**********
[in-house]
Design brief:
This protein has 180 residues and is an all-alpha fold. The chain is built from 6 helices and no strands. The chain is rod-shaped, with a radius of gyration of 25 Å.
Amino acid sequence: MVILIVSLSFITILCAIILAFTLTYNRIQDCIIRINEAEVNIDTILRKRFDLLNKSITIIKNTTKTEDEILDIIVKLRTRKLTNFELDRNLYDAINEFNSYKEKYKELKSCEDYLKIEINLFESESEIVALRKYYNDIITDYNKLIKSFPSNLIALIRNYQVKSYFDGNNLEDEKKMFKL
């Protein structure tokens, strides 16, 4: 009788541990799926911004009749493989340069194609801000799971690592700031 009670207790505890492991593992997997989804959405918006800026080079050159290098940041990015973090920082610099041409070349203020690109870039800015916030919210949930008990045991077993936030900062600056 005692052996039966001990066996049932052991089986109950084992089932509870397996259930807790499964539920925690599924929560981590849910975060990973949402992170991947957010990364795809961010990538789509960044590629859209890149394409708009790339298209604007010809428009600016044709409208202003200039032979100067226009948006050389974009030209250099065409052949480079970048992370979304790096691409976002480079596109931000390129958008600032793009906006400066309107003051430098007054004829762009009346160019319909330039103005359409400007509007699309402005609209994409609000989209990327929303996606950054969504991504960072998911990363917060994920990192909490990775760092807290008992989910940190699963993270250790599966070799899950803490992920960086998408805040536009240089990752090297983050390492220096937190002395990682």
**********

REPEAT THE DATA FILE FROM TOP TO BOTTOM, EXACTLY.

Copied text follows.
[in-house]
Design brief:
This protein has 180 residues and is an all-alpha fold. The chain is built from 6 helices and no strands. The chain is rod-shaped, with a radius of gyration of 25 Å.
Amino acid sequence: MVILIVSLSFITILCAIILAFTLTYNRIQDCIIRINEAEVNIDTILRKRFDLLNKSITIIKNTTKTEDEILDIIVKLRTRKLTNFELDRNLYDAINEFNSYKEKYKELKSCEDYLKIEINLFESESEIVALRKYYNDIITDYNKLIKSFPSNLIALIRNYQVKSYFDGNNLEDEKKMFKL
């Protein structure tokens, strides 16, 4: 009788541990799926911004009749493989340069194609801000799971690592700031 009670207790505890492991593992997997989804959405918006800026080079050159290098940041990015973090920082610099041409070349203020690109870039800015916030919210949930008990045991077993936030900062600056 005692052996039966001990066996049932052991089986109950084992089932509870397996259930807790499964539920925690599924929560981590849910975060990973949402992170991947957010990364795809961010990538789509960044590629859209890149394409708009790339298209604007010809428009600016044709409208202003200039032979100067226009948006050389974009030209250099065409052949480079970048992370979304790096691409976002480079596109931000390129958008600032793009906006400066309107003051430098007054004829762009009346160019319909330039103005359409400007509007699309402005609209994409609000989209990327929303996606950054969504991504960072998911990363917060994920990192909490990775760092807290008992989910940190699963993270250790599966070799899950803490992920960086998408805040536009240089990752090297983050390492220096937190002395990682």